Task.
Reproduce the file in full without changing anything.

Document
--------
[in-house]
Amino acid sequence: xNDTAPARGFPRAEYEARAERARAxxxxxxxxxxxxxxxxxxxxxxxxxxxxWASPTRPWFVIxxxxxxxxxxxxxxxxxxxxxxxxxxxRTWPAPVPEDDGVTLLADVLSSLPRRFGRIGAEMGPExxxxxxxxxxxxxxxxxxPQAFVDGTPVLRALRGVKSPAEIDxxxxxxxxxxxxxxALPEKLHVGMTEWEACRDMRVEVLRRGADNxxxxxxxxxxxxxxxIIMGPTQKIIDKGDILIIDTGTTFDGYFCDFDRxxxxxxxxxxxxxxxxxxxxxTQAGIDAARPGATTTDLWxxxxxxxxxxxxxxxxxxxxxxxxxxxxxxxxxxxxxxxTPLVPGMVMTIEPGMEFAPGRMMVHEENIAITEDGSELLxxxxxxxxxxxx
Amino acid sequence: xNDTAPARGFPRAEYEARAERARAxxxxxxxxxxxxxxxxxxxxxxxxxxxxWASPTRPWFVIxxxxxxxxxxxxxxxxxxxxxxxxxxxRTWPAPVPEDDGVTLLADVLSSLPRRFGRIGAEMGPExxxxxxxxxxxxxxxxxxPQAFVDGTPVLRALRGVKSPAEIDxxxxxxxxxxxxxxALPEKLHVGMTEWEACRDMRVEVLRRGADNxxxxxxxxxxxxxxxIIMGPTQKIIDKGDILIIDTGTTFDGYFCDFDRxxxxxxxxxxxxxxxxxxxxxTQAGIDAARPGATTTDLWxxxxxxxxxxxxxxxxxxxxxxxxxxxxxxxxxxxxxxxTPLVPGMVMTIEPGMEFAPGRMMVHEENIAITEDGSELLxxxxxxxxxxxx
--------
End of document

[in-house]
Amino acid sequence: xNDTAPARGFPRAEYEARAERARAxxxxxxxxxxxxxxxxxxxxxxxxxxxxWASPTRPWFVIxxxxxxxxxxxxxxxxxxxxxxxxxxxRTWPAPVPEDDGVTLLADVLSSLPRRFGRIGAEMGPExxxxxxxxxxxxxxxxxxPQAFVDGTPVLRALRGVKSPAEIDxxxxxxxxxxxxxxALPEKLHVGMTEWEACRDMRVEVLRRGADNxxxxxxxxxxxxxxxIIMGPTQKIIDKGDILIIDTGTTFDGYFCDFDRxxxxxxxxxxxxxxxxxxxxxTQAGIDAARPGATTTDLWxxxxxxxxxxxxxxxxxxxxxxxxxxxxxxxxxxxxxxxTPLVPGMVMTIEPGMEFAPGRMMVHEENIAITEDGSELLxxxxxxxxxxxx
Amino acid sequence: xNDTAPARGFPRAEYEARAERARAxxxxxxxxxxxxxxxxxxxxxxxxxxxxWASPTRPWFVIxxxxxxxxxxxxxxxxxxxxxxxxxxxRTWPAPVPEDDGVTLLADVLSSLPRRFGRIGAEMGPExxxxxxxxxxxxxxxxxxPQAFVDGTPVLRALRGVKSPAEIDxxxxxxxxxxxxxxALPEKLHVGMTEWEACRDMRVEVLRRGADNxxxxxxxxxxxxxxxIIMGPTQKIIDKGDILIIDTGTTFDGYFCDFDRxxxxxxxxxxxxxxxxxxxxxTQAGIDAARPGATTTDLWxxxxxxxxxxxxxxxxxxxxxxxxxxxxxxxxxxxxxxxTPLVPGMVMTIEPGMEFAPGRMMVHEENIAITEDGSELLxxxxxxxxxxxx